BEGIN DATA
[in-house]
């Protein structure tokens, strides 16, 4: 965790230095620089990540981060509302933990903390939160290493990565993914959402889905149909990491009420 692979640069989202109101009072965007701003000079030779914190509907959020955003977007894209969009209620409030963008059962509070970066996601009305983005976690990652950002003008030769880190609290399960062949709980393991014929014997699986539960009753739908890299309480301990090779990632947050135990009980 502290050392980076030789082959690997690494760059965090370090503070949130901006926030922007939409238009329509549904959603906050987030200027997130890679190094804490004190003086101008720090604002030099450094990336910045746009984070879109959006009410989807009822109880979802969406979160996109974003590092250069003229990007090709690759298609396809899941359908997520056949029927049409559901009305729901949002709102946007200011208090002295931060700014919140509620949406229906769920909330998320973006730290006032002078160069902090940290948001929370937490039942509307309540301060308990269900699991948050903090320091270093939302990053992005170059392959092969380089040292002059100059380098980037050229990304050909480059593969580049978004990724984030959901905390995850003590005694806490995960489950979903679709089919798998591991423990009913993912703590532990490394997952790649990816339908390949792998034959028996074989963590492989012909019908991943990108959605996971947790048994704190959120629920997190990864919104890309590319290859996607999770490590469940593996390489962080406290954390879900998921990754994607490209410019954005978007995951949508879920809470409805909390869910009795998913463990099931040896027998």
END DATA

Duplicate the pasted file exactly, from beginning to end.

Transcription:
[in-house]
């Protein structure tokens, strides 16, 4: 965790230095620089990540981060509302933990903390939160290493990565993914959402889905149909990491009420 692979640069989202109101009072965007701003000079030779914190509907959020955003977007894209969009209620409030963008059962509070970066996601009305983005976690990652950002003008030769880190609290399960062949709980393991014929014997699986539960009753739908890299309480301990090779990632947050135990009980 502290050392980076030789082959690997690494760059965090370090503070949130901006926030922007939409238009329509549904959603906050987030200027997130890679190094804490004190003086101008720090604002030099450094990336910045746009984070879109959006009410989807009822109880979802969406979160996109974003590092250069003229990007090709690759298609396809899941359908997520056949029927049409559901009305729901949002709102946007200011208090002295931060700014919140509620949406229906769920909330998320973006730290006032002078160069902090940290948001929370937490039942509307309540301060308990269900699991948050903090320091270093939302990053992005170059392959092969380089040292002059100059380098980037050229990304050909480059593969580049978004990724984030959901905390995850003590005694806490995960489950979903679709089919798998591991423990009913993912703590532990490394997952790649990816339908390949792998034959028996074989963590492989012909019908991943990108959605996971947790048994704190959120629920997190990864919104890309590319290859996607999770490590469940593996390489962080406290954390879900998921990754994607490209410019954005978007995951949508879920809470409805909390869910009795998913463990099931040896027998």